Results: The median age was 58 (31-79) years. Preoperatively, 16 (44%) patients had a diagnosis of pheochromocytoma, 12 (33%) patients had primary aldosteronism and 8 (22%) patients had non-functioning adenomas with indeterminate/atypical imaging characteristics necessitating surgery. Preoperative overnight dexamethasone suppression test results revealed that 6 of 29 patients failed to suppress cortisol to <50 nmol/L. Twenty (56%) patients achieved a stimulated cortisol ≥450 nmol/L at 30 minutes and 28 (78%) at 60 minutes. None of the patients developed clinical adrenal insufficiency necessitating steroid replacement.

Conclusions: Synacthen stimulation testing following unilateral adrenalectomy using standard stimulated cortisol cut-off values would wrongly label many patients adrenally insufficient and may lead to inappropriate prescriptions of steroids to patients who do not need them.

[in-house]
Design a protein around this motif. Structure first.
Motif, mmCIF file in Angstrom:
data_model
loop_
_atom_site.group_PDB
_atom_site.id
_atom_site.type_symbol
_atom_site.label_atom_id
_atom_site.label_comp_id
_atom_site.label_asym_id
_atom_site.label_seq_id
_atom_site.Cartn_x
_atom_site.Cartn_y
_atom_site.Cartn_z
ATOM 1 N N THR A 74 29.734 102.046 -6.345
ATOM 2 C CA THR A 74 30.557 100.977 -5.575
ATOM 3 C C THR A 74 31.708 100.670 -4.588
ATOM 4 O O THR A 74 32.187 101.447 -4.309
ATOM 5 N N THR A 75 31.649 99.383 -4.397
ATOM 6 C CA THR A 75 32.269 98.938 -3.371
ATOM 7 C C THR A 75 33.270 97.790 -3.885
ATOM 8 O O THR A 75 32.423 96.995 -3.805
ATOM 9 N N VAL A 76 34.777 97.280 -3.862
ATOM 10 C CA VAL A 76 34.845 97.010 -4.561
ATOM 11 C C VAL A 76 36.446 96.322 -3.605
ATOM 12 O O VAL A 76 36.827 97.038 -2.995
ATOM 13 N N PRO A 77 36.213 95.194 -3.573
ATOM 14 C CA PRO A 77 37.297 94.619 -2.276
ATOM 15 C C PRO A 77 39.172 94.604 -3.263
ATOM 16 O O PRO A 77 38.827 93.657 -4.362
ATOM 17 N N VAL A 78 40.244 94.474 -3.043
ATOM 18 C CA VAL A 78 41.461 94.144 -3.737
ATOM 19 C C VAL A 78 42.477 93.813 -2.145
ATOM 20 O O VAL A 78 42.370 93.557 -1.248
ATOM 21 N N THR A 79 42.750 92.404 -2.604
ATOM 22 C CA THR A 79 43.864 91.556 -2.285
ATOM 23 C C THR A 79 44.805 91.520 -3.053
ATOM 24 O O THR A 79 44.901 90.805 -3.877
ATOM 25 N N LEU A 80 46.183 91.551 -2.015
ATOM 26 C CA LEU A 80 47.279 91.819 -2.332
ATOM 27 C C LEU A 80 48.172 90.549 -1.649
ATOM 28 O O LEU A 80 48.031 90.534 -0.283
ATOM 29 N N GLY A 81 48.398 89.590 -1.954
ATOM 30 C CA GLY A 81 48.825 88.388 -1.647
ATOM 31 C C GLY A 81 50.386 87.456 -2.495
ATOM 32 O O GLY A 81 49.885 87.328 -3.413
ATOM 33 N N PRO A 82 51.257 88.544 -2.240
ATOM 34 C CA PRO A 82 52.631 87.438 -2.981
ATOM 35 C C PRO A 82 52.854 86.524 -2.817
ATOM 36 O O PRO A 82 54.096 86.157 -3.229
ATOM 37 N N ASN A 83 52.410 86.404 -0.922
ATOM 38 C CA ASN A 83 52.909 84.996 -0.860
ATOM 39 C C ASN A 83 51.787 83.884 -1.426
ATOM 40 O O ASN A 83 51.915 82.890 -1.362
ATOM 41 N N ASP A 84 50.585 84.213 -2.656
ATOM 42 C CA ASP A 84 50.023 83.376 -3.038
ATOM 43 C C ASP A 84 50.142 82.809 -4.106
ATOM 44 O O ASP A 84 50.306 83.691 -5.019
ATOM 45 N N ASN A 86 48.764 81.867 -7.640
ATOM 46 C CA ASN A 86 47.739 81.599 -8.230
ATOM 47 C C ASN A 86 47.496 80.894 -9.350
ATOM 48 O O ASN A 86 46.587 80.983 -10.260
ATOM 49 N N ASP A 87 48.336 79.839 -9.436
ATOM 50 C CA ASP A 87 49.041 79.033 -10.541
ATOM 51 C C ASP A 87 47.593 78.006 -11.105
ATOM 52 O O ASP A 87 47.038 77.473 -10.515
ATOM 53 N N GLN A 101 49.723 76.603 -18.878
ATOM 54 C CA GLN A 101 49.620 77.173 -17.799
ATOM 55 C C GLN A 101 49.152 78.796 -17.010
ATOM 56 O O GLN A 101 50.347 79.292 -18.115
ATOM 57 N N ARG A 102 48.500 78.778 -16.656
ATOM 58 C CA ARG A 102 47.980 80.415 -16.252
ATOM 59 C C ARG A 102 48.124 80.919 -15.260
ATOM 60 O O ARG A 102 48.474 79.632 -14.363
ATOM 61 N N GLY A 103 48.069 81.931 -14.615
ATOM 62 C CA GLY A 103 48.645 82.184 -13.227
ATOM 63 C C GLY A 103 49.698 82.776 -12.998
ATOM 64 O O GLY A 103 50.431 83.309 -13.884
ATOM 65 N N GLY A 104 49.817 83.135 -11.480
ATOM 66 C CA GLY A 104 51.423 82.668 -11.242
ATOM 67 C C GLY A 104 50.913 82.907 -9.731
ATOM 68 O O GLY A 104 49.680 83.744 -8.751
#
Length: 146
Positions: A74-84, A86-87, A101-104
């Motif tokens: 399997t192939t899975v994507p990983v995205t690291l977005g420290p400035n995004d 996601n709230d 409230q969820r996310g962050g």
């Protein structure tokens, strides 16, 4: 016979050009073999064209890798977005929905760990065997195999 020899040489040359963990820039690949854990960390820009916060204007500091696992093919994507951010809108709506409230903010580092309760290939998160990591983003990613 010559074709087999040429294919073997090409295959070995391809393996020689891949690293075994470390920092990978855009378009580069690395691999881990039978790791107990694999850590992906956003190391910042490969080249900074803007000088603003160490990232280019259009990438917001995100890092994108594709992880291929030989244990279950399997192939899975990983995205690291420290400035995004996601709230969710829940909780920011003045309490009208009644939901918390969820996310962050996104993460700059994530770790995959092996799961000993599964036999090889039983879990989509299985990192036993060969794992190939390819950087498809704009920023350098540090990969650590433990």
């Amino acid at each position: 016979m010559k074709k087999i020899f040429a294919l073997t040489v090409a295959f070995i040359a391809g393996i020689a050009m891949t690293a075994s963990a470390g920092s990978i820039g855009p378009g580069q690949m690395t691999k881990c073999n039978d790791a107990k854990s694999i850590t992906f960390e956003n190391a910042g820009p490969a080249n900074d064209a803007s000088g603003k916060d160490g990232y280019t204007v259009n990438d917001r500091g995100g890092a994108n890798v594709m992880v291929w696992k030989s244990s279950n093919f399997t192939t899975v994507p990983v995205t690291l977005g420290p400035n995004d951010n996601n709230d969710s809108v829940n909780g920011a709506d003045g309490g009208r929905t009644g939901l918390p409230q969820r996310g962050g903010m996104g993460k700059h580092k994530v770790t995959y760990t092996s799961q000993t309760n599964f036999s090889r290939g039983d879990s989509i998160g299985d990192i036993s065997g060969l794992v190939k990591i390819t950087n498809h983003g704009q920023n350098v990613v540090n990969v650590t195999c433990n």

Introduction

Adrenal insufficiency (AI) is caused by failure of the adrenal cortex to produce adequate amounts of corticosteroids and is associated with increased morbidity and mortality (1). Unilateral adrenalectomy can be a rare cause of adrenal insufficiency. Patients with unilateral adrenal cortisol-producing lesions (adrenal Cushing’s syndrome) may develop adrenal insufficiency after adrenalectomy due to contralateral adrenal suppression (2). Similarly, patients with autonomous cortisol secretion (subclinical Cushing’s syndrome) are considered to be at risk of adrenal insufficiency following adrenalectomy (2).